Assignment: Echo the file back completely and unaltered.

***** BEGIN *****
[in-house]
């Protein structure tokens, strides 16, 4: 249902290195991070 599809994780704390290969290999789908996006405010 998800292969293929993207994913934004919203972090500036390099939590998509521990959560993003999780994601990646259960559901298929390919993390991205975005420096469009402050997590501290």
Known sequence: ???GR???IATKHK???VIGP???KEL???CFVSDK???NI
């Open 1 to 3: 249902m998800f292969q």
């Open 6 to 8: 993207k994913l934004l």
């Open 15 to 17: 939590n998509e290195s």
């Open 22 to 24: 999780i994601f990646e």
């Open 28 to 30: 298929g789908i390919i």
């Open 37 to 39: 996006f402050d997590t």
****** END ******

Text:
[in-house]
């Protein structure tokens, strides 16, 4: 249902290195991070 599809994780704390290969290999789908996006405010 998800292969293929993207994913934004919203972090500036390099939590998509521990959560993003999780994601990646259960559901298929390919993390991205975005420096469009402050997590501290």
Known sequence: ???GR???IATKHK???VIGP???KEL???CFVSDK???NI
């Open 1 to 3: 249902m998800f292969q």
């Open 6 to 8: 993207k994913l934004l």
């Open 15 to 17: 939590n998509e290195s």
């Open 22 to 24: 999780i994601f990646e």
């Open 28 to 30: 298929g789908i390919i």
């Open 37 to 39: 996006f402050d997590t």